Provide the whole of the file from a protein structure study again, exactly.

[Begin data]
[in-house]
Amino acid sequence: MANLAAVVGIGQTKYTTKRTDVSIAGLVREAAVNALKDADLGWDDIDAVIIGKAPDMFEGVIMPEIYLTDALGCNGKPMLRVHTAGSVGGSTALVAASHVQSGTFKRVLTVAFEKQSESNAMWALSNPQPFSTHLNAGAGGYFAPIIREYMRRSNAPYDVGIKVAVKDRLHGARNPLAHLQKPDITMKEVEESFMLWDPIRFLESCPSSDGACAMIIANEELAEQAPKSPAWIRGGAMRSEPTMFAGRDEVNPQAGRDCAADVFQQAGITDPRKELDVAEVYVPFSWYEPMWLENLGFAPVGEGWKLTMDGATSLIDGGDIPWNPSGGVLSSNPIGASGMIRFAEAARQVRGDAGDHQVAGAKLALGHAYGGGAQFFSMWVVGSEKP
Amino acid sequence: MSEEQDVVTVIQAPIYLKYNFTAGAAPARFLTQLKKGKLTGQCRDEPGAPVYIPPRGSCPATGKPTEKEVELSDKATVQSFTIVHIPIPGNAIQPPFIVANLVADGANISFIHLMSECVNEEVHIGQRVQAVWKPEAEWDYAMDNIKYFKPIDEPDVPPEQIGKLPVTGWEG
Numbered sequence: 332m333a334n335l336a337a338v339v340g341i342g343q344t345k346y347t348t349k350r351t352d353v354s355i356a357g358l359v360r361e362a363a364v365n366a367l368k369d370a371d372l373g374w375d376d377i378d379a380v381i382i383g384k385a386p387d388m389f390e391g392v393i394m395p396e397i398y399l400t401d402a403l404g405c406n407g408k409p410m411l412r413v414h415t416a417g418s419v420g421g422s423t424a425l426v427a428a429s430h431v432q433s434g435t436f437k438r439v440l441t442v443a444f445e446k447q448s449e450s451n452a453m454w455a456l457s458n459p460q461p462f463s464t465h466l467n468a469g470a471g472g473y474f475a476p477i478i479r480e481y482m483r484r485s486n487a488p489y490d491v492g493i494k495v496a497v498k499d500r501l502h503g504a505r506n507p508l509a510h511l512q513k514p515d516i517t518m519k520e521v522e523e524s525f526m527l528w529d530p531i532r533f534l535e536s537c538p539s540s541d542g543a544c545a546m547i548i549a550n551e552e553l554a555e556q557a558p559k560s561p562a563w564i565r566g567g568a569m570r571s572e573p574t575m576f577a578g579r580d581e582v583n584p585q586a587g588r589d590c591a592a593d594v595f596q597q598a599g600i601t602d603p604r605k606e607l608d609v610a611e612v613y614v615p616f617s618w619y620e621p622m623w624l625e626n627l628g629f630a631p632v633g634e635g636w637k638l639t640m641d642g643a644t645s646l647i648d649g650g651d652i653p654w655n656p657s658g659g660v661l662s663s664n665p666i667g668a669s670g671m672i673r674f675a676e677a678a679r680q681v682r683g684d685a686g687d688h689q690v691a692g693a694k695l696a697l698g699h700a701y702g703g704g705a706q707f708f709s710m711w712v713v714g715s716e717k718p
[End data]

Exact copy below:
[in-house]
Amino acid sequence: MANLAAVVGIGQTKYTTKRTDVSIAGLVREAAVNALKDADLGWDDIDAVIIGKAPDMFEGVIMPEIYLTDALGCNGKPMLRVHTAGSVGGSTALVAASHVQSGTFKRVLTVAFEKQSESNAMWALSNPQPFSTHLNAGAGGYFAPIIREYMRRSNAPYDVGIKVAVKDRLHGARNPLAHLQKPDITMKEVEESFMLWDPIRFLESCPSSDGACAMIIANEELAEQAPKSPAWIRGGAMRSEPTMFAGRDEVNPQAGRDCAADVFQQAGITDPRKELDVAEVYVPFSWYEPMWLENLGFAPVGEGWKLTMDGATSLIDGGDIPWNPSGGVLSSNPIGASGMIRFAEAARQVRGDAGDHQVAGAKLALGHAYGGGAQFFSMWVVGSEKP
Amino acid sequence: MSEEQDVVTVIQAPIYLKYNFTAGAAPARFLTQLKKGKLTGQCRDEPGAPVYIPPRGSCPATGKPTEKEVELSDKATVQSFTIVHIPIPGNAIQPPFIVANLVADGANISFIHLMSECVNEEVHIGQRVQAVWKPEAEWDYAMDNIKYFKPIDEPDVPPEQIGKLPVTGWEG
Numbered sequence: 332m333a334n335l336a337a338v339v340g341i342g343q344t345k346y347t348t349k350r351t352d353v354s355i356a357g358l359v360r361e362a363a364v365n366a367l368k369d370a371d372l373g374w375d376d377i378d379a380v381i382i383g384k385a386p387d388m389f390e391g392v393i394m395p396e397i398y399l400t401d402a403l404g405c406n407g408k409p410m411l412r413v414h415t416a417g418s419v420g421g422s423t424a425l426v427a428a429s430h431v432q433s434g435t436f437k438r439v440l441t442v443a444f445e446k447q448s449e450s451n452a453m454w455a456l457s458n459p460q461p462f463s464t465h466l467n468a469g470a471g472g473y474f475a476p477i478i479r480e481y482m483r484r485s486n487a488p489y490d491v492g493i494k495v496a497v498k499d500r501l502h503g504a505r506n507p508l509a510h511l512q513k514p515d516i517t518m519k520e521v522e523e524s525f526m527l528w529d530p531i532r533f534l535e536s537c538p539s540s541d542g543a544c545a546m547i548i549a550n551e552e553l554a555e556q557a558p559k560s561p562a563w564i565r566g567g568a569m570r571s572e573p574t575m576f577a578g579r580d581e582v583n584p585q586a587g588r589d590c591a592a593d594v595f596q597q598a599g600i601t602d603p604r605k606e607l608d609v610a611e612v613y614v615p616f617s618w619y620e621p622m623w624l625e626n627l628g629f630a631p632v633g634e635g636w637k638l639t640m641d642g643a644t645s646l647i648d649g650g651d652i653p654w655n656p657s658g659g660v661l662s663s664n665p666i667g668a669s670g671m672i673r674f675a676e677a678a679r680q681v682r683g684d685a686g687d688h689q690v691a692g693a694k695l696a697l698g699h700a701y702g703g704g705a706q707f708f709s710m711w712v713v714g715s716e717k718p